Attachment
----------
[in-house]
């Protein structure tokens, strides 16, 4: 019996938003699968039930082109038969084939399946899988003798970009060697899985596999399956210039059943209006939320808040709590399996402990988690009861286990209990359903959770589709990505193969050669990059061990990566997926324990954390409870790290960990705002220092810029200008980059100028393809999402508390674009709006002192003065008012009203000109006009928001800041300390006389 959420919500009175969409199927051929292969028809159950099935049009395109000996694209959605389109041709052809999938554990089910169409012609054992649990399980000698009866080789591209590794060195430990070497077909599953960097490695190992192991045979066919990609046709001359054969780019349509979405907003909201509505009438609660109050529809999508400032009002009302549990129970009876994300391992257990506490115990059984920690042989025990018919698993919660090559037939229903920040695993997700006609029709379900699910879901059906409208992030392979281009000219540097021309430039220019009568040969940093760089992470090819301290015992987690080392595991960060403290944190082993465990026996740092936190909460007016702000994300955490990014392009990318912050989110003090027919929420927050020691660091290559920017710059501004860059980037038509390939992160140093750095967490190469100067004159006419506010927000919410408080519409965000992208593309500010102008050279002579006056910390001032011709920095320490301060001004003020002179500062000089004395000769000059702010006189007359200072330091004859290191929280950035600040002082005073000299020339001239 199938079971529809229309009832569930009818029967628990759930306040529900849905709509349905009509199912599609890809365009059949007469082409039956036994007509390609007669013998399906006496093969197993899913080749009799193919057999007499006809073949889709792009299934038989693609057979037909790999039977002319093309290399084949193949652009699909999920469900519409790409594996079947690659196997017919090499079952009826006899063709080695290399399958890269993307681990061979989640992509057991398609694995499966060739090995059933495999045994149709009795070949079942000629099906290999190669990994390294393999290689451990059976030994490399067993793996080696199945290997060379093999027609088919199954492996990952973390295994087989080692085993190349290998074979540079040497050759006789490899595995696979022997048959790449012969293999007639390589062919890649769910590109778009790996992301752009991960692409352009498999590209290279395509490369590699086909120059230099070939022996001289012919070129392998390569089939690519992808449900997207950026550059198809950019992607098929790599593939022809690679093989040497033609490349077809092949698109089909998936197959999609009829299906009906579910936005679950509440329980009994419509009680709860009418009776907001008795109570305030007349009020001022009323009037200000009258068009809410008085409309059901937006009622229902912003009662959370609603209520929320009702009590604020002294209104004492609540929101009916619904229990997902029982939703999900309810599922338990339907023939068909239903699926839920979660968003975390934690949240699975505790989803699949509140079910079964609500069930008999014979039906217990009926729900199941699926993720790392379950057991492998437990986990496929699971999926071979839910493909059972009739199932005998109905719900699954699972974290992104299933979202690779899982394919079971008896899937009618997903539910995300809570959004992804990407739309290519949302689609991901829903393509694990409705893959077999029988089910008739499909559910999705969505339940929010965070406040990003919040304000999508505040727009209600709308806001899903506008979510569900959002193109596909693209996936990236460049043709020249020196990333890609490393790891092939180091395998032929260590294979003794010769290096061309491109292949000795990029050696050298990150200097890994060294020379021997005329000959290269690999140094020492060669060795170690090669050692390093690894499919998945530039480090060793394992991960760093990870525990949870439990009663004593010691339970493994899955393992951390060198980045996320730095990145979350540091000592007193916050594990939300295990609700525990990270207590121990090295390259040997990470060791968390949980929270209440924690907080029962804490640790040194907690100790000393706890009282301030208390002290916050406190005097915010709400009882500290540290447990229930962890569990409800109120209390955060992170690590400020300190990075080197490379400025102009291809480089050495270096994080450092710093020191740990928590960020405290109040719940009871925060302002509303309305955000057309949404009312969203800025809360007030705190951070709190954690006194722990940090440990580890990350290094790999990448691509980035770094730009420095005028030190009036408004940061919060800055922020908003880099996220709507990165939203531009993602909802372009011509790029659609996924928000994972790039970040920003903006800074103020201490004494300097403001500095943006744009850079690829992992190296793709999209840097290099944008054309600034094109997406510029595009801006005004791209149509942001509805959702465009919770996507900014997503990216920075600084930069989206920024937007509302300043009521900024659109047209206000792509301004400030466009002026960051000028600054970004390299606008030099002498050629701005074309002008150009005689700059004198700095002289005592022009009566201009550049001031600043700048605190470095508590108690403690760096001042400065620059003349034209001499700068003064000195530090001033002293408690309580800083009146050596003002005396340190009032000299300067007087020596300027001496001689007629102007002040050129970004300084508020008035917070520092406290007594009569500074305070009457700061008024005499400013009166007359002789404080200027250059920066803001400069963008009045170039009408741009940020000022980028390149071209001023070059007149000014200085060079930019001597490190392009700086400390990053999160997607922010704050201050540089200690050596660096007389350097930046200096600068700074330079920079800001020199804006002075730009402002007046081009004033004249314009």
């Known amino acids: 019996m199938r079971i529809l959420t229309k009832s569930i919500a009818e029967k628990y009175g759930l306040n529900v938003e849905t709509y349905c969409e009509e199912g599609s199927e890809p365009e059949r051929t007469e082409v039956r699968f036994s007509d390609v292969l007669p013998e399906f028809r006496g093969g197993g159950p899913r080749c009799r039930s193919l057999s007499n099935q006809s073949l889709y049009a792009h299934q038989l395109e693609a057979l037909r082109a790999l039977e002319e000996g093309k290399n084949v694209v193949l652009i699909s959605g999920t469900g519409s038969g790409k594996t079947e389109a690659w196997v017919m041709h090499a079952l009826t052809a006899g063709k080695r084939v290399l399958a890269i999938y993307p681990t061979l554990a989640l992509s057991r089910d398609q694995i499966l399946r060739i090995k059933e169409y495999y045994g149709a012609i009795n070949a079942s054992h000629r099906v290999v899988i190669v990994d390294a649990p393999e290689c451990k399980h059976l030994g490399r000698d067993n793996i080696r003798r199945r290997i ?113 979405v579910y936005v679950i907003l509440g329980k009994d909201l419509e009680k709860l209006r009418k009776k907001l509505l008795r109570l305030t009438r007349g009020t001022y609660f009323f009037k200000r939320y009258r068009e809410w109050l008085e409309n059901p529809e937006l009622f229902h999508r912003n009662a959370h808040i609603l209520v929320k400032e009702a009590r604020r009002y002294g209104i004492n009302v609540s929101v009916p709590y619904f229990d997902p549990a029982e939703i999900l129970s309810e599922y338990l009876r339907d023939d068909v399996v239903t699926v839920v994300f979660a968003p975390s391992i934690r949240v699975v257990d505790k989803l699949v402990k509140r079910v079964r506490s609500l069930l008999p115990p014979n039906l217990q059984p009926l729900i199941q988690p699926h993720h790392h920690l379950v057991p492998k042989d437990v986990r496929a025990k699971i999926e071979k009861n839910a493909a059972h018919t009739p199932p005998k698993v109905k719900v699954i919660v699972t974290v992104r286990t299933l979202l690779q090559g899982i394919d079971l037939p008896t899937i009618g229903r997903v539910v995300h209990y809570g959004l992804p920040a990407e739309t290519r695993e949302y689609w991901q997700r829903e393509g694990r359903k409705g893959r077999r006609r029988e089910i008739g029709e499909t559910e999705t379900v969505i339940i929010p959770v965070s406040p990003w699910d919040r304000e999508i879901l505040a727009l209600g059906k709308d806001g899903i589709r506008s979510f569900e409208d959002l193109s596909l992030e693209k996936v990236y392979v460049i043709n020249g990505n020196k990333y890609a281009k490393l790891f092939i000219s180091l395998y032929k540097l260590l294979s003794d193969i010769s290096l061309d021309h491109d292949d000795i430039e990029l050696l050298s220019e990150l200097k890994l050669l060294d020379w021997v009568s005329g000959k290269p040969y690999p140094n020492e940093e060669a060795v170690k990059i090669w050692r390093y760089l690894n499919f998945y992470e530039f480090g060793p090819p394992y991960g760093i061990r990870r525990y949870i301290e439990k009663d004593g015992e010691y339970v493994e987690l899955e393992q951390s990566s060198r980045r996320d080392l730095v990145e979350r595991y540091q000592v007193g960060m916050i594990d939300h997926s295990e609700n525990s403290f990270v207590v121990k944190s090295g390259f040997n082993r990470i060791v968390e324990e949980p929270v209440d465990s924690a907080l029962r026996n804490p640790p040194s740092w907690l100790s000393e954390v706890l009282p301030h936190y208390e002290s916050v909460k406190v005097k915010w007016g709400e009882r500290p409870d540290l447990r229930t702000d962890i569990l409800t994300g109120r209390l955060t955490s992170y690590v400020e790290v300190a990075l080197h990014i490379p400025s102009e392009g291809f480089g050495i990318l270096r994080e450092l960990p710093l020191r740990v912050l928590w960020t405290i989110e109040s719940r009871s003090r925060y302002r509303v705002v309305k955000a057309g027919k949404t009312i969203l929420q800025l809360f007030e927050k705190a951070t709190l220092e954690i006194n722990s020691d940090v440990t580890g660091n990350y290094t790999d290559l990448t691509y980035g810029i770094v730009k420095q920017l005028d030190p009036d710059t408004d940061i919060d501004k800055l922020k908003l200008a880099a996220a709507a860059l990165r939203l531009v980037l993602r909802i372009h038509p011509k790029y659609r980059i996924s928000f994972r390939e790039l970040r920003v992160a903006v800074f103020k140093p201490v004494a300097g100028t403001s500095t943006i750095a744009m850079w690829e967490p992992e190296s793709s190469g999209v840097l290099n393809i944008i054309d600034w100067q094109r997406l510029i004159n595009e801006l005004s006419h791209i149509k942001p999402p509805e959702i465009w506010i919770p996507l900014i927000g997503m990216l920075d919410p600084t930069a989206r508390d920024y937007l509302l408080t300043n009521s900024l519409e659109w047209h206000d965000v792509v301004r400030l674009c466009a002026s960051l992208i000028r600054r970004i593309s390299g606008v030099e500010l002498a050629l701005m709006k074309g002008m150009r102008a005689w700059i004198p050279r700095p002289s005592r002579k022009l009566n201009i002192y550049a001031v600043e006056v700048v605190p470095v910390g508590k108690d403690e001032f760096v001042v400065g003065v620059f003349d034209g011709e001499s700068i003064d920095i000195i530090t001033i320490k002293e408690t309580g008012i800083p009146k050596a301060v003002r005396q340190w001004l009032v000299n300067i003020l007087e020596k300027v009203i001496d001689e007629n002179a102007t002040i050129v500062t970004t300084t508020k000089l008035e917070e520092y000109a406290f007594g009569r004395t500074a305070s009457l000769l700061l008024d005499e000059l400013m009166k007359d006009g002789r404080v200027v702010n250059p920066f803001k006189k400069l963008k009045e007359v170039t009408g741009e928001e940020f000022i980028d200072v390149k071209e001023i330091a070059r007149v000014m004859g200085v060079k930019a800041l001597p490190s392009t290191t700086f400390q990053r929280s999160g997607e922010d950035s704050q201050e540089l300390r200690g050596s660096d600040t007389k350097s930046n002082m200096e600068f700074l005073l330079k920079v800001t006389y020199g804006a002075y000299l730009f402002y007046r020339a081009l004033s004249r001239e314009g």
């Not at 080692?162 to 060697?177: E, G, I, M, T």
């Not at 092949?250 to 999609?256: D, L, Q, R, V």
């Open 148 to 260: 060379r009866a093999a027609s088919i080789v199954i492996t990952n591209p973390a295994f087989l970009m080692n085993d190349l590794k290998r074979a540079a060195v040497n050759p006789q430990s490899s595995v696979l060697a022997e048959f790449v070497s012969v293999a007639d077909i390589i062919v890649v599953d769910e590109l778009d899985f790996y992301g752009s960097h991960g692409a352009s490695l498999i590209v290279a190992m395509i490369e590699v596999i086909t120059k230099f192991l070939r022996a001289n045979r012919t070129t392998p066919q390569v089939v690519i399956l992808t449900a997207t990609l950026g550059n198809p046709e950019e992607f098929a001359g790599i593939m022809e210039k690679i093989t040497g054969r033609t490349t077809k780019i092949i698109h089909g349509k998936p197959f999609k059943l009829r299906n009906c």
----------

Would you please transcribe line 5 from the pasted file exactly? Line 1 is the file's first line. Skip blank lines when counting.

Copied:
């Not at 092949?250 to 999609?256: D, L, Q, R, V």